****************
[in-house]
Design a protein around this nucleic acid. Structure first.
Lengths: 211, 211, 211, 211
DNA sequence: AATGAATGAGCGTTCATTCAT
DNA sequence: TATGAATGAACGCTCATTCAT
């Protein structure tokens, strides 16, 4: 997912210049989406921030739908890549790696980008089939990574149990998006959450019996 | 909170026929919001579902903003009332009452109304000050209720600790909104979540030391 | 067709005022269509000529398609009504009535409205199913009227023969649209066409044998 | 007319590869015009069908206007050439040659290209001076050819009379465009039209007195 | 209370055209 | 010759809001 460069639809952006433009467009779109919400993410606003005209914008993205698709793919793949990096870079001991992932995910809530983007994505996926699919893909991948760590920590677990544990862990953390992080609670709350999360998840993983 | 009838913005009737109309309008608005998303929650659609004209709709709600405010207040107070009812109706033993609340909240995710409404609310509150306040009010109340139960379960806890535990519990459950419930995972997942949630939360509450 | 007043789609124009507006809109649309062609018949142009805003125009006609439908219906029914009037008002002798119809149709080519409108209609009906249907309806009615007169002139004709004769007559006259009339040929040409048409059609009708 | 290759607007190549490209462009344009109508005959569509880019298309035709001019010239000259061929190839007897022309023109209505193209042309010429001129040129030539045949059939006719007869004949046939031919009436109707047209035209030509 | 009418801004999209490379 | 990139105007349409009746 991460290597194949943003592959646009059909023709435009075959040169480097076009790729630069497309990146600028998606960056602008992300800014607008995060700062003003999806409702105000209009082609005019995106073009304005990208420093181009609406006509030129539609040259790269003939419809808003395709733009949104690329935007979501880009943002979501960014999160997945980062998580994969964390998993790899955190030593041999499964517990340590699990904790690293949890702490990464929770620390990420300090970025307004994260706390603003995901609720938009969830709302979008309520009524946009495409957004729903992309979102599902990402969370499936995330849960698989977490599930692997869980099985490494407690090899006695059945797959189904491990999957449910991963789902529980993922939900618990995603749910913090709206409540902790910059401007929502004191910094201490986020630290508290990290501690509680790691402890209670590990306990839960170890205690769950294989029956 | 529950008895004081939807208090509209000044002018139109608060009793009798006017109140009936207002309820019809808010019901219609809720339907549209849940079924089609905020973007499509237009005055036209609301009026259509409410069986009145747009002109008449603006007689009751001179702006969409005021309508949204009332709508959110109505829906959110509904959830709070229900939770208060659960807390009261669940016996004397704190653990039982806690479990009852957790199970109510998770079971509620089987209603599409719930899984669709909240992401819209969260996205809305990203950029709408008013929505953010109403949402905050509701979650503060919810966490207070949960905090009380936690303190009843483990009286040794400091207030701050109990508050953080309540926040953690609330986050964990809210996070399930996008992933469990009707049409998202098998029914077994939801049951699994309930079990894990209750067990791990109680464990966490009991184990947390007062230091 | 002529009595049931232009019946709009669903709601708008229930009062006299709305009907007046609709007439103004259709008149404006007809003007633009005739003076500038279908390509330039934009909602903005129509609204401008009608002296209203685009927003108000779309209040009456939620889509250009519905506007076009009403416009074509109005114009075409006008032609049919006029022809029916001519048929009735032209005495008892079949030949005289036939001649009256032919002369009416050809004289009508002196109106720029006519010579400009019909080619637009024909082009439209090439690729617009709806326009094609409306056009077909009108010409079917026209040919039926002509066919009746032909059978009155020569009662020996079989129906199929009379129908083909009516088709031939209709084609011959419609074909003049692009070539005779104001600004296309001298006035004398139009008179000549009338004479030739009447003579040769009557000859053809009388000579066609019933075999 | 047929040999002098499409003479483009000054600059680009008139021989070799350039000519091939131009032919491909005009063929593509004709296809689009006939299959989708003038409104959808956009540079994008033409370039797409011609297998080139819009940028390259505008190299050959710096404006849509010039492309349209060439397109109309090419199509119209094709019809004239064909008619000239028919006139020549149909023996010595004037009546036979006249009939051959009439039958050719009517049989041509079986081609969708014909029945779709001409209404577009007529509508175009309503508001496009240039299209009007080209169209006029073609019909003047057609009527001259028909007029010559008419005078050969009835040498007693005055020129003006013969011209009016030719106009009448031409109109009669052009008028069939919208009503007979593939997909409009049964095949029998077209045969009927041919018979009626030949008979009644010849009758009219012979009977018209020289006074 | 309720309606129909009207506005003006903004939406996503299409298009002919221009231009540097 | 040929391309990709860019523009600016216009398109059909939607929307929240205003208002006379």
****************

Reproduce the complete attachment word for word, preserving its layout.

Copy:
[in-house]
Design a protein around this nucleic acid. Structure first.
Lengths: 211, 211, 211, 211
DNA sequence: AATGAATGAGCGTTCATTCAT
DNA sequence: TATGAATGAACGCTCATTCAT
């Protein structure tokens, strides 16, 4: 997912210049989406921030739908890549790696980008089939990574149990998006959450019996 | 909170026929919001579902903003009332009452109304000050209720600790909104979540030391 | 067709005022269509000529398609009504009535409205199913009227023969649209066409044998 | 007319590869015009069908206007050439040659290209001076050819009379465009039209007195 | 209370055209 | 010759809001 460069639809952006433009467009779109919400993410606003005209914008993205698709793919793949990096870079001991992932995910809530983007994505996926699919893909991948760590920590677990544990862990953390992080609670709350999360998840993983 | 009838913005009737109309309008608005998303929650659609004209709709709600405010207040107070009812109706033993609340909240995710409404609310509150306040009010109340139960379960806890535990519990459950419930995972997942949630939360509450 | 007043789609124009507006809109649309062609018949142009805003125009006609439908219906029914009037008002002798119809149709080519409108209609009906249907309806009615007169002139004709004769007559006259009339040929040409048409059609009708 | 290759607007190549490209462009344009109508005959569509880019298309035709001019010239000259061929190839007897022309023109209505193209042309010429001129040129030539045949059939006719007869004949046939031919009436109707047209035209030509 | 009418801004999209490379 | 990139105007349409009746 991460290597194949943003592959646009059909023709435009075959040169480097076009790729630069497309990146600028998606960056602008992300800014607008995060700062003003999806409702105000209009082609005019995106073009304005990208420093181009609406006509030129539609040259790269003939419809808003395709733009949104690329935007979501880009943002979501960014999160997945980062998580994969964390998993790899955190030593041999499964517990340590699990904790690293949890702490990464929770620390990420300090970025307004994260706390603003995901609720938009969830709302979008309520009524946009495409957004729903992309979102599902990402969370499936995330849960698989977490599930692997869980099985490494407690090899006695059945797959189904491990999957449910991963789902529980993922939900618990995603749910913090709206409540902790910059401007929502004191910094201490986020630290508290990290501690509680790691402890209670590990306990839960170890205690769950294989029956 | 529950008895004081939807208090509209000044002018139109608060009793009798006017109140009936207002309820019809808010019901219609809720339907549209849940079924089609905020973007499509237009005055036209609301009026259509409410069986009145747009002109008449603006007689009751001179702006969409005021309508949204009332709508959110109505829906959110509904959830709070229900939770208060659960807390009261669940016996004397704190653990039982806690479990009852957790199970109510998770079971509620089987209603599409719930899984669709909240992401819209969260996205809305990203950029709408008013929505953010109403949402905050509701979650503060919810966490207070949960905090009380936690303190009843483990009286040794400091207030701050109990508050953080309540926040953690609330986050964990809210996070399930996008992933469990009707049409998202098998029914077994939801049951699994309930079990894990209750067990791990109680464990966490009991184990947390007062230091 | 002529009595049931232009019946709009669903709601708008229930009062006299709305009907007046609709007439103004259709008149404006007809003007633009005739003076500038279908390509330039934009909602903005129509609204401008009608002296209203685009927003108000779309209040009456939620889509250009519905506007076009009403416009074509109005114009075409006008032609049919006029022809029916001519048929009735032209005495008892079949030949005289036939001649009256032919002369009416050809004289009508002196109106720029006519010579400009019909080619637009024909082009439209090439690729617009709806326009094609409306056009077909009108010409079917026209040919039926002509066919009746032909059978009155020569009662020996079989129906199929009379129908083909009516088709031939209709084609011959419609074909003049692009070539005779104001600004296309001298006035004398139009008179000549009338004479030739009447003579040769009557000859053809009388000579066609019933075999 | 047929040999002098499409003479483009000054600059680009008139021989070799350039000519091939131009032919491909005009063929593509004709296809689009006939299959989708003038409104959808956009540079994008033409370039797409011609297998080139819009940028390259505008190299050959710096404006849509010039492309349209060439397109109309090419199509119209094709019809004239064909008619000239028919006139020549149909023996010595004037009546036979006249009939051959009439039958050719009517049989041509079986081609969708014909029945779709001409209404577009007529509508175009309503508001496009240039299209009007080209169209006029073609019909003047057609009527001259028909007029010559008419005078050969009835040498007693005055020129003006013969011209009016030719106009009448031409109109009669052009008028069939919208009503007979593939997909409009049964095949029998077209045969009927041919018979009626030949008979009644010849009758009219012979009977018209020289006074 | 309720309606129909009207506005003006903004939406996503299409298009002919221009231009540097 | 040929391309990709860019523009600016216009398109059909939607929307929240205003208002006379």